“The Church is a hospital, and not a courtroom, for souls. She does not condemn on behalf of sins, but grants remission of sins....In the Church, the troubled find relief, and the heavy-laden, rest.

“Come to me,” says the Lord, “all you who labor and are burdened, and I will give you rest.” (Matthew 11:28)

What could be more desirable than to meet this voice? What is sweeter than this invitation? The Lord is calling you to the Church for a rich banquet. He transfers you from struggles to rest, and from tortures to relief. He relieves you from the burden of your sins. He heals worries with thanksgiving, and sadness with joy.

How has prayer helped you to empathize with others?

Which experiences of helping others have you found personally rewarding in ways which are intangible?

What did you learn and how did volunteering bring you contentment?

A famous literary maxim is “To err is human, to forgive divine.”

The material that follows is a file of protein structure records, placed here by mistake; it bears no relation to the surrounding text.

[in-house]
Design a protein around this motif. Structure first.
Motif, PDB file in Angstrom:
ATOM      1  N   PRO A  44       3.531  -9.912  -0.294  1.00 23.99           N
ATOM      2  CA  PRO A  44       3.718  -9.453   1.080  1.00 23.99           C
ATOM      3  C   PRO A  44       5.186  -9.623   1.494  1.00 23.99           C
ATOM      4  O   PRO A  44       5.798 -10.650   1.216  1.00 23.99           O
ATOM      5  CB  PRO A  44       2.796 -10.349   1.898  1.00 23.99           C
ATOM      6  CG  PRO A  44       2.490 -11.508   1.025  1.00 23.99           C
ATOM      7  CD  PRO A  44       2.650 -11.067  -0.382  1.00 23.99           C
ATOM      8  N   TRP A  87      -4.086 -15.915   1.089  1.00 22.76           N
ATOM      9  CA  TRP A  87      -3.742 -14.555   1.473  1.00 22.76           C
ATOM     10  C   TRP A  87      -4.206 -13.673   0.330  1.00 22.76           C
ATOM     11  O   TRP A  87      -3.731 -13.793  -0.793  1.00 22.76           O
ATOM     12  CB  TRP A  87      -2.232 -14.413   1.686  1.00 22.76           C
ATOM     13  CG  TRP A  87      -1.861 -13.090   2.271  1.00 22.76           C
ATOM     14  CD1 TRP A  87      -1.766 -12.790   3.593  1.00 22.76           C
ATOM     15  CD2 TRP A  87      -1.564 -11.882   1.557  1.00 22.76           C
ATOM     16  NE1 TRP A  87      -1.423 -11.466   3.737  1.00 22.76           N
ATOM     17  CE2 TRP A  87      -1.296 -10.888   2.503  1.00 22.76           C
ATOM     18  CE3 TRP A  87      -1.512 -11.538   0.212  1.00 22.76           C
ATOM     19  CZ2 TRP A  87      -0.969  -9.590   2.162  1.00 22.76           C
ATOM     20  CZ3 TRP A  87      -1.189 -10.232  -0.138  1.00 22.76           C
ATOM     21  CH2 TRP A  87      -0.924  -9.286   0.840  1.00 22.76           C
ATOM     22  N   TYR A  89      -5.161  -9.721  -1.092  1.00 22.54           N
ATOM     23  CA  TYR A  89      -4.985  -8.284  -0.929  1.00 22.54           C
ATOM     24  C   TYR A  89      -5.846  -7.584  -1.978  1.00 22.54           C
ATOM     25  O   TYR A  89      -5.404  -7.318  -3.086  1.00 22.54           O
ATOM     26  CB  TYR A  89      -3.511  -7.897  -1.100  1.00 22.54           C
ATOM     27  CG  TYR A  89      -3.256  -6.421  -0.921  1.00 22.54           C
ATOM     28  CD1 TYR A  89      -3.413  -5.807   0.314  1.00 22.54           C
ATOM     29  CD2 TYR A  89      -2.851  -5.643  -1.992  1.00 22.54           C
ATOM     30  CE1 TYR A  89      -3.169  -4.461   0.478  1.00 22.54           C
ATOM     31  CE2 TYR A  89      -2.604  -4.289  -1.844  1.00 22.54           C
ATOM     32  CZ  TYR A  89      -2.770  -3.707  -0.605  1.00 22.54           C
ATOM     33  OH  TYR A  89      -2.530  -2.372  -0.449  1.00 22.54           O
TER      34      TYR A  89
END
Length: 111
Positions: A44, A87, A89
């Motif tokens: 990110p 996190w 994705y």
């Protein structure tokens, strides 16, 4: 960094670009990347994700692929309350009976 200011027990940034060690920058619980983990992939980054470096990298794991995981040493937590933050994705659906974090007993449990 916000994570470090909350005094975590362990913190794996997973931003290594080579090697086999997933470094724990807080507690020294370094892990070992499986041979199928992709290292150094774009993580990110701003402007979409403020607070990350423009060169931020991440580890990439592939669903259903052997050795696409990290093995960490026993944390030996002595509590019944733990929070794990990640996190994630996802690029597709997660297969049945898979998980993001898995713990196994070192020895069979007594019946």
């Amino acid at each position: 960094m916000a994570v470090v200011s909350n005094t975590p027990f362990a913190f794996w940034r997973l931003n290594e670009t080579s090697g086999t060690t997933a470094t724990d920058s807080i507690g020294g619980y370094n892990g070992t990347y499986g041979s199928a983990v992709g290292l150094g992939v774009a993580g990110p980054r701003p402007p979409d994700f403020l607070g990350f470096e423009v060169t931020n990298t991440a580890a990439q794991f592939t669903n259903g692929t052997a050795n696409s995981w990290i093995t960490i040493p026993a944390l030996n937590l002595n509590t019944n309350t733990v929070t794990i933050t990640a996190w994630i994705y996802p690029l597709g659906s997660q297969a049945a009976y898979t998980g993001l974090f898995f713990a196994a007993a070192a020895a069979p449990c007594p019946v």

When you attend mass, how do the readings and homilies attest to this?

To read more about St. John, please visit this page or this page from the Vatican.

Laura Ross
Faith Formation Commission member

Wednesday, July 12, 2017

Doctors of the Church - St. Cyril of Jerusalem

The early Church had to endure many controversies during the first centuries. During these times, Cyril came into the world at or near Jerusalem. The year was 315 A.D. and not much is known of his parents. However, he did receive a formal education which centered on the Church fathers, philosophers and the Bible. He was ordained a priest. Later, when the Bishop died he became the Bishop of Jerusalem. 

During the time of his See, he was exiled three times. He was the Bishop of his See for 37 years, but spent almost 20 years in exile. The main reason was due to the spread of Arianism. 

Over the course of his time as Bishop, he delivered 24 catechesis. The majority of which are addressed to the catechumens who are about to receive Baptism. They explain the Sacrament of Baptism, conversion from secular morals and explain the 10 dogmatic truths in the Creed.